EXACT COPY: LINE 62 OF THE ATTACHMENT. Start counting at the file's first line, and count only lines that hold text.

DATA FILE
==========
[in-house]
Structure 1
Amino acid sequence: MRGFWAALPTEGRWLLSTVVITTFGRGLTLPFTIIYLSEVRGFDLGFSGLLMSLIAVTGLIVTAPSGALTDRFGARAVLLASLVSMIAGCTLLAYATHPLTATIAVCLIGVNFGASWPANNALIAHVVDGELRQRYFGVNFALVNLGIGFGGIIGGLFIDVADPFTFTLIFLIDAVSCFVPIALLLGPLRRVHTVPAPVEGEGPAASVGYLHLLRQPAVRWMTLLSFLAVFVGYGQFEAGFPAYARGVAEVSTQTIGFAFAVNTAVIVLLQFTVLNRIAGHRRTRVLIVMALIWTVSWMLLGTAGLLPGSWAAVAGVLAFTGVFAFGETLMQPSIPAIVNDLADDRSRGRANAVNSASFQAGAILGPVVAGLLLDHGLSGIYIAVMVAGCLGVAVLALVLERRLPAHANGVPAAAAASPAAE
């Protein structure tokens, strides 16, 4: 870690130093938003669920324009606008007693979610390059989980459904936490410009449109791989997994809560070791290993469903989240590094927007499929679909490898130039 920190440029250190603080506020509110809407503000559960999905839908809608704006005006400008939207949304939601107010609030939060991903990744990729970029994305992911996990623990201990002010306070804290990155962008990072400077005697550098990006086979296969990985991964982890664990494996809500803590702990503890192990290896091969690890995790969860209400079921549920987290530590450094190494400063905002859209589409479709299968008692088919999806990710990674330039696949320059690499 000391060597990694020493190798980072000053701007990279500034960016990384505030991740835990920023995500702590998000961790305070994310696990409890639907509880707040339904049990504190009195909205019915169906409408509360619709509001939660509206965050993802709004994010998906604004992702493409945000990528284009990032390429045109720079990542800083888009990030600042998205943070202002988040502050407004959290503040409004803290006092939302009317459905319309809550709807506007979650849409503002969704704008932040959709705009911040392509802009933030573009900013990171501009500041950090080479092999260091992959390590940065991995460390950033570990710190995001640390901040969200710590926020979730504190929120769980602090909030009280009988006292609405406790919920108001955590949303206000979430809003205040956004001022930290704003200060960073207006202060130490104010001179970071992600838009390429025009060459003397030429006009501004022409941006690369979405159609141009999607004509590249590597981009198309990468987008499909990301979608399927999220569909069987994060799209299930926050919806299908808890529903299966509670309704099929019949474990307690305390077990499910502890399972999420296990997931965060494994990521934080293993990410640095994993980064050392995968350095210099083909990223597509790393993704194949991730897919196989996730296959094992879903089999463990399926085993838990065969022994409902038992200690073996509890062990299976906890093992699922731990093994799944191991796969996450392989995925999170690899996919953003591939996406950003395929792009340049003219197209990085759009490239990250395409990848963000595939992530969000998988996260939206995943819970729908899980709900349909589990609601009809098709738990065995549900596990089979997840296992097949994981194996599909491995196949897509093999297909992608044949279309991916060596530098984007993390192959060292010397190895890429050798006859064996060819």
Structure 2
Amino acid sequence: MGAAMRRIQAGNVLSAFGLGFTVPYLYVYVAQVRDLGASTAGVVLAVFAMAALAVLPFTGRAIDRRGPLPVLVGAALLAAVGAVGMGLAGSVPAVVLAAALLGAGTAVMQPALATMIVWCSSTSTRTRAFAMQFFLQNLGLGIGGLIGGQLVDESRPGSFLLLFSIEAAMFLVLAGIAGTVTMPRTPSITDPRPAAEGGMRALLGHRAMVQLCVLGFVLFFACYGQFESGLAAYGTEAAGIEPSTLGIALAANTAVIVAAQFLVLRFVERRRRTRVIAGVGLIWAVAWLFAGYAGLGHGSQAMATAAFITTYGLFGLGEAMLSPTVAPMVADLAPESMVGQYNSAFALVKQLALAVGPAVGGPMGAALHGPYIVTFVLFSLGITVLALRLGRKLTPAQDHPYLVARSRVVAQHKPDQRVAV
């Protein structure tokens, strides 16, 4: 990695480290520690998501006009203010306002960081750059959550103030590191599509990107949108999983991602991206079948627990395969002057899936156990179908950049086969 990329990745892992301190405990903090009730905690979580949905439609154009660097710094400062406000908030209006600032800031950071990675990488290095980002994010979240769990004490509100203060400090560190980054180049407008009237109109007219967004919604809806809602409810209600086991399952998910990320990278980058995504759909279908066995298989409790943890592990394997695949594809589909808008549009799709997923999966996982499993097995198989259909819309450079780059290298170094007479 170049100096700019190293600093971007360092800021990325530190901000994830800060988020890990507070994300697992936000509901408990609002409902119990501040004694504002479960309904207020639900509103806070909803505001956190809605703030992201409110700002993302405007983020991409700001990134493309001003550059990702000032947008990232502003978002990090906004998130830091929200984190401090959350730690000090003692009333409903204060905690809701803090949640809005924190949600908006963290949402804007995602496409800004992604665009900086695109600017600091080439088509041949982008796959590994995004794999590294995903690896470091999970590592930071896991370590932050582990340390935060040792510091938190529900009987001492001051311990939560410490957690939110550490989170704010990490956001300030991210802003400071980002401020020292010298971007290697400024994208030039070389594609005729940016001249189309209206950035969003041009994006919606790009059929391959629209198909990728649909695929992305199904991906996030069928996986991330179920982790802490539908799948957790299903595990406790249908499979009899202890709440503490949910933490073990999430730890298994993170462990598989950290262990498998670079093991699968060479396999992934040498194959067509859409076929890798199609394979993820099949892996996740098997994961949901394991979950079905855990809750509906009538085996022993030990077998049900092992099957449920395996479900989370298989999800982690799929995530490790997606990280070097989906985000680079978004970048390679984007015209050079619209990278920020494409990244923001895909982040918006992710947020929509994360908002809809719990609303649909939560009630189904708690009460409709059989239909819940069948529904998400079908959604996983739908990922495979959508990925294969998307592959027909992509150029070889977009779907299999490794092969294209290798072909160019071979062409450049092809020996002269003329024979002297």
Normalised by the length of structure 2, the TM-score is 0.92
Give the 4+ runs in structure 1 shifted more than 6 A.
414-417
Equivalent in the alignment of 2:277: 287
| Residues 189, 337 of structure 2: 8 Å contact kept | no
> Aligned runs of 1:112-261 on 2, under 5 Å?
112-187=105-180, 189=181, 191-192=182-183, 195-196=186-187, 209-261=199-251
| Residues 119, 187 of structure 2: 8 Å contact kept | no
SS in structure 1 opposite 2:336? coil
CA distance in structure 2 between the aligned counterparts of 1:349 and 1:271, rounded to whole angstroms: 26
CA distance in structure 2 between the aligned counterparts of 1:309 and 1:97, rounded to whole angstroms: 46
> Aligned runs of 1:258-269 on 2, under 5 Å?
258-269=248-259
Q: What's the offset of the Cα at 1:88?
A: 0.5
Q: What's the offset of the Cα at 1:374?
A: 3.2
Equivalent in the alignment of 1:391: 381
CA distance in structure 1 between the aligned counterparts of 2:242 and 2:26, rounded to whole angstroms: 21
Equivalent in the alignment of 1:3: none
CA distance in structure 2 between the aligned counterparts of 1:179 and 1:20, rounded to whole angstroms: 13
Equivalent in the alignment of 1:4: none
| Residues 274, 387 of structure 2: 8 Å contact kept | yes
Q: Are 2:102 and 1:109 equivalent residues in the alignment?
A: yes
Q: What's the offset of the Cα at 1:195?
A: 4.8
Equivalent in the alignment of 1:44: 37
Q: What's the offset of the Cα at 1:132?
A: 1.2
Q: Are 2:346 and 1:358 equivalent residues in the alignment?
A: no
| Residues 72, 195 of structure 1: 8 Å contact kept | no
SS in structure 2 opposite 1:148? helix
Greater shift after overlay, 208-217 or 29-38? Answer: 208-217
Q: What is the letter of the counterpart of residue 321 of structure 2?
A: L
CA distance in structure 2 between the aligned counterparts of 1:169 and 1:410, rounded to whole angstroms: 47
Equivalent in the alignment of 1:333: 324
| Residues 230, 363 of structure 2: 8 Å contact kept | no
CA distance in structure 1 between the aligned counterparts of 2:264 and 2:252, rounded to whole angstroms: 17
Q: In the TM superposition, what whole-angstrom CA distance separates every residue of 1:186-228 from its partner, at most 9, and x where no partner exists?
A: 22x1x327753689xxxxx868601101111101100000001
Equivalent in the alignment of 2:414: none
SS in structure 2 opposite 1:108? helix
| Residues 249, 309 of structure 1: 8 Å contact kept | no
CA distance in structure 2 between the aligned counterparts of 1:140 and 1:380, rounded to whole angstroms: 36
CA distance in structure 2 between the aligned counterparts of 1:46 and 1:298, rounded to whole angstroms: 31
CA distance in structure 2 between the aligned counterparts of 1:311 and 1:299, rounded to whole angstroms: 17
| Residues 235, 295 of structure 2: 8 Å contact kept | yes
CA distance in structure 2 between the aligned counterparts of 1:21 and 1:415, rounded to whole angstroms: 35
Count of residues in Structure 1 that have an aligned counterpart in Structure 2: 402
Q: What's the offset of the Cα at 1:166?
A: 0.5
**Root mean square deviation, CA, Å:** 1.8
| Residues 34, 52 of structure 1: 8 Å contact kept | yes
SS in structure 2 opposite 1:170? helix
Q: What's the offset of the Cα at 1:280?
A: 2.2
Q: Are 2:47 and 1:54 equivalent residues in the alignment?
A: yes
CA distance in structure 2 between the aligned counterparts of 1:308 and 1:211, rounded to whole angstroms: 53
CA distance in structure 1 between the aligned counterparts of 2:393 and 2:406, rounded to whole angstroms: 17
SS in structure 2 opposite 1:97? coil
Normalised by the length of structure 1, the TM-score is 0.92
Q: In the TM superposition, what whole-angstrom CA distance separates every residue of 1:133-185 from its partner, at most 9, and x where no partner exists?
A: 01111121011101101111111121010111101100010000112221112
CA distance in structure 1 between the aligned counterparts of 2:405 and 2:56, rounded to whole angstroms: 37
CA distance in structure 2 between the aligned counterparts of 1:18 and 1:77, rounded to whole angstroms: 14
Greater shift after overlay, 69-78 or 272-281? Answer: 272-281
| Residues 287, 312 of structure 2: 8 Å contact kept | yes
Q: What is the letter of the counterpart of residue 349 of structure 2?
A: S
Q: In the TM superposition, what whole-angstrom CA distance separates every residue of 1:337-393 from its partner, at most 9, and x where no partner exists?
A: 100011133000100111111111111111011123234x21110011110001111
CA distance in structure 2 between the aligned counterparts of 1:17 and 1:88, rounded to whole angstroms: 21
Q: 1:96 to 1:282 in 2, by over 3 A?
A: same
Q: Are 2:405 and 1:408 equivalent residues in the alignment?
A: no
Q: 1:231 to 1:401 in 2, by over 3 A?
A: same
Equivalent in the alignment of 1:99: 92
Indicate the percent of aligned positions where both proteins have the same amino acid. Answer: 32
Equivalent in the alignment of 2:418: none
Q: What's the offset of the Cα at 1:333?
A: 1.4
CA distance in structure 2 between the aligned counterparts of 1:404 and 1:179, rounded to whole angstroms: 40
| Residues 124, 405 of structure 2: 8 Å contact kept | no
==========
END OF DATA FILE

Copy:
**Root mean square deviation, CA, Å:** 1.8